Kerala and Floods
Major causes of floods in Kerala
1. Natural causes:
- Erratic Monsson
- The floods are triggered by the monsoon rains.
- According to the meteorological department, the cumulative rainfall in Kerala between this June 1 and August 15 was 2,087.67 mm, which is more than 30% of the normal 1,606.05 mm rainfall.
- Some districts, such as Idukki, have received 83.5% excess rainfall.
- The unusually short break between rains has exacerbated the problem.
- Opening of Dams
- Higher rainfall has forced the officials to release water from dozens of dams to prevent them from bursting.
- For instance, the Idukki dam, had to open all its five shutters because of the incessant rain.
- This has inundated places downstream.
- Swelled rivers have also triggered landslides.
2. Manmade causes:
- Construction activities in Eco-Sensitive Zones
- Landslides have occurred in ecologically sensitive areas due to construction activities.
- Cities are expanded with buildings being constructed on leveled farmlands where water otherwise would naturally drain.
- Dilution of Conservation of Paddy Land and Wetland Act, 2008, leading to large-scale land reclamation, causing environmental degradation and groundwater depletion.
- A study from IIT Bombay held deforestation mainly responsible for the phenomenon.
- Unviable use of land and soil due to deforestation could be a reason the water was able to travel across land unhindered.
- Mining and Quarrying
- According to Madhav Gadgil, mining and quarrying are the major reasons for the mudslides and landslides.
Background: A timeline
- In February 2010, Save the Western Ghats group had pointed out the threats to the ecosystem from construction, mining, industries, real estate, and hydropower in Western Ghats.
- Following this the government set up the Western Ghats Ecology Expert Panel under Gadgil to make a set of recommendations for preserving the ecology and biodiversity of the fragile region.
- The committee submitted the report in 2011.
- Since none of the six concerned states agreed with the recommendations of the Gadgil Committee, the government in August 2012 constituted a High-Level Working Group on Western Ghats under Kasturirangan to “examine” the Gadgil Committee report.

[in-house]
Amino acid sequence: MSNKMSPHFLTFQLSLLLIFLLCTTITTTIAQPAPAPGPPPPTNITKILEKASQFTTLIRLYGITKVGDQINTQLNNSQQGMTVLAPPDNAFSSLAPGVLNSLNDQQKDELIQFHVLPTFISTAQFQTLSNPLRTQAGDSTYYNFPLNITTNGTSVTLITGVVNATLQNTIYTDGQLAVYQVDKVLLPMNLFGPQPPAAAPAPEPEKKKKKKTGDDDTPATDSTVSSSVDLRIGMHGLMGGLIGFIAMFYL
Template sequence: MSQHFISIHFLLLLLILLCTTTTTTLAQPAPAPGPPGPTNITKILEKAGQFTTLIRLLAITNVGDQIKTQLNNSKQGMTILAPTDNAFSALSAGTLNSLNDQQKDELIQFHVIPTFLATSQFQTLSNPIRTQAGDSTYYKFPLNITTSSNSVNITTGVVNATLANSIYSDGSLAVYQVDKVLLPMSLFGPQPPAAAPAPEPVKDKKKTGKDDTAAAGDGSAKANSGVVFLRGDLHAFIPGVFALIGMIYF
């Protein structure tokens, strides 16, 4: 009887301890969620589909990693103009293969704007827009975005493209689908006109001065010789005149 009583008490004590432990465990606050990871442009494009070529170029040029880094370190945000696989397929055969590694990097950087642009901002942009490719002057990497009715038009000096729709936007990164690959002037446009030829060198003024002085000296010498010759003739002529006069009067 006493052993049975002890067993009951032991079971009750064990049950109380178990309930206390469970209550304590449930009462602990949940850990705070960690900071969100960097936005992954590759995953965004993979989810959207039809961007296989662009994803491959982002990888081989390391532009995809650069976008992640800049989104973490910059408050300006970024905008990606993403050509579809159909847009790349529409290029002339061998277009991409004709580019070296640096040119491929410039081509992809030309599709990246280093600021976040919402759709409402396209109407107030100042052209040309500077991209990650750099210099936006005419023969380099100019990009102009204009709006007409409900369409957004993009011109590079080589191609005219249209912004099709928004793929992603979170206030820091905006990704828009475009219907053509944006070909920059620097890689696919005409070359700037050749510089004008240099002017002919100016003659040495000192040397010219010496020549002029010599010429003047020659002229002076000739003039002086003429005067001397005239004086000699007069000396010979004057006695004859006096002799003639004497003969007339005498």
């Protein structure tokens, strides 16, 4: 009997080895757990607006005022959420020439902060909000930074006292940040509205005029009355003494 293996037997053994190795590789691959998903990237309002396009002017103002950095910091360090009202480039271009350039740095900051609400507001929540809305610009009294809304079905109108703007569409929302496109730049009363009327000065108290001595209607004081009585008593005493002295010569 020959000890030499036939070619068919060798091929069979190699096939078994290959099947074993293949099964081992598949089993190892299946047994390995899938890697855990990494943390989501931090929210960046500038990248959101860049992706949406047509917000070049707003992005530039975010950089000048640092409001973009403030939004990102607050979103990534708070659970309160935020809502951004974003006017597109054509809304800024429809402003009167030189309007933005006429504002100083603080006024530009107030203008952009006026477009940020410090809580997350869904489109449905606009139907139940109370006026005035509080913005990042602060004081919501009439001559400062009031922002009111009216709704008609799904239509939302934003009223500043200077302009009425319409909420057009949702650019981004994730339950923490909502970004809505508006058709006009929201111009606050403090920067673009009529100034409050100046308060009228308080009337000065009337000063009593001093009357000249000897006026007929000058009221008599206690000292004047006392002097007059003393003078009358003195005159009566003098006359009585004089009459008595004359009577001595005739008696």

- This committee submitted its report in April 2013.
- Consequently, Environment Ministry notified an area of 56,285 sq km in the Western Ghats as ESA.
Key Recommendations of Gadgil Panel
- Western Ghats Ecology Expert Panel defined the boundaries of the Western Ghats to be about 1,29,037 square km.
- The entire area was designated as ecologically sensitive area (ESA).
- Further the area was divided as ecologically sensitive zones (ESZ) I, II or III.
- About 75% of the area to be ESZ I and II with high level of protection.
- Ban on cultivation of genetically modified in entire area.
- Plastic bags to be phased out in three years.
- No new special economic zones or hill stations to be allowed.
- Western Ghats Ecology Authority to regulate these activities in the area.
Regulation of ESZ
- Ban on diversion of forest land for non-forest purposes.
- Restriction on mining licences in ESZ I and II area
- No new dams in ESZ I
- No new thermal power plants or large scale wind power projects in ESZ I
- No new polluting industries in ESZ I and ESZ II areas
- No new railway lines or major roads in ESZ I and II areas
- Cumulative impact assessment for all new projects like dams, mines, tourism, housing
- Phase-out of all chemical pesticides within five to eight years in ESZ I and ESZ II
ESZ in Kerala
- In Kerala, an area 9,993.7 sq km was declared as part of ESA.
- This was much less than what Gadgil Panel had recommended.
- According to Gadgil panel report, Kerala has 15 taluks under ESZ-I, two in ESZ-II and eight within ESZ-III.
Gadgil on Kerala Floods
- According to Gadgil the following activities have exasperated the disaster caused by erratic monsoon.
- In ESZ-I which requires maximum protection following activities are undertaken
- Use for non-forest purpose or agricultural activity.
- Extension of village settlements
- Road and public infra expansion
- ESZ-II was allowed to renovate and extend existing structures such as hotels and resorts.
- ESZ-III was allowed use of land for non-agri purpose.
Section : Environment & Ecology